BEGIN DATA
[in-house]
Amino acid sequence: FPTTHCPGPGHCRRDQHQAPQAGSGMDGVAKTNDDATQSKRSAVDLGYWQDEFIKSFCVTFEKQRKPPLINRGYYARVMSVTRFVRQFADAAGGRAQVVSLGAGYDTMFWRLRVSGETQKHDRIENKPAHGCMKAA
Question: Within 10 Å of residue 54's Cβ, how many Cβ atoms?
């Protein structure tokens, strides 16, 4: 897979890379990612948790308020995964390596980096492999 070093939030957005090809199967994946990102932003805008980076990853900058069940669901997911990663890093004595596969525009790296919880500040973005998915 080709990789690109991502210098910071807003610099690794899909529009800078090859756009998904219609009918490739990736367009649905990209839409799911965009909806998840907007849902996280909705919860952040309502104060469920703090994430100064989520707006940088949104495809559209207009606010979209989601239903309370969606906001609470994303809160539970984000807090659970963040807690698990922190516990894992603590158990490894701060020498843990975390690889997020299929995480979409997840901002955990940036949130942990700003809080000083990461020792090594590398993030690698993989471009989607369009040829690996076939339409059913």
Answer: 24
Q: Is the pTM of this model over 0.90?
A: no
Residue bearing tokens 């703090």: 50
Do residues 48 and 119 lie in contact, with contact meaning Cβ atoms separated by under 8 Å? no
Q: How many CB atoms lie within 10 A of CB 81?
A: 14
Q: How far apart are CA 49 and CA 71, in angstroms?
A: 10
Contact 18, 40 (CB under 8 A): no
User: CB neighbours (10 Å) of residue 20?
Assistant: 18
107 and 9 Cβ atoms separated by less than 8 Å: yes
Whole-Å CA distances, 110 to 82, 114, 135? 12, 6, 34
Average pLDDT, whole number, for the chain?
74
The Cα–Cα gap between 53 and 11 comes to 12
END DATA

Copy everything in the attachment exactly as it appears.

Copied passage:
[in-house]
Amino acid sequence: FPTTHCPGPGHCRRDQHQAPQAGSGMDGVAKTNDDATQSKRSAVDLGYWQDEFIKSFCVTFEKQRKPPLINRGYYARVMSVTRFVRQFADAAGGRAQVVSLGAGYDTMFWRLRVSGETQKHDRIENKPAHGCMKAA
Question: Within 10 Å of residue 54's Cβ, how many Cβ atoms?
């Protein structure tokens, strides 16, 4: 897979890379990612948790308020995964390596980096492999 070093939030957005090809199967994946990102932003805008980076990853900058069940669901997911990663890093004595596969525009790296919880500040973005998915 080709990789690109991502210098910071807003610099690794899909529009800078090859756009998904219609009918490739990736367009649905990209839409799911965009909806998840907007849902996280909705919860952040309502104060469920703090994430100064989520707006940088949104495809559209207009606010979209989601239903309370969606906001609470994303809160539970984000807090659970963040807690698990922190516990894992603590158990490894701060020498843990975390690889997020299929995480979409997840901002955990940036949130942990700003809080000083990461020792090594590398993030690698993989471009989607369009040829690996076939339409059913």
Answer: 24
Q: Is the pTM of this model over 0.90?
A: no
Residue bearing tokens 């703090």: 50
Do residues 48 and 119 lie in contact, with contact meaning Cβ atoms separated by under 8 Å? no
Q: How many CB atoms lie within 10 A of CB 81?
A: 14
Q: How far apart are CA 49 and CA 71, in angstroms?
A: 10
Contact 18, 40 (CB under 8 A): no
User: CB neighbours (10 Å) of residue 20?
Assistant: 18
107 and 9 Cβ atoms separated by less than 8 Å: yes
Whole-Å CA distances, 110 to 82, 114, 135? 12, 6, 34
Average pLDDT, whole number, for the chain?
74
The Cα–Cα gap between 53 and 11 comes to 12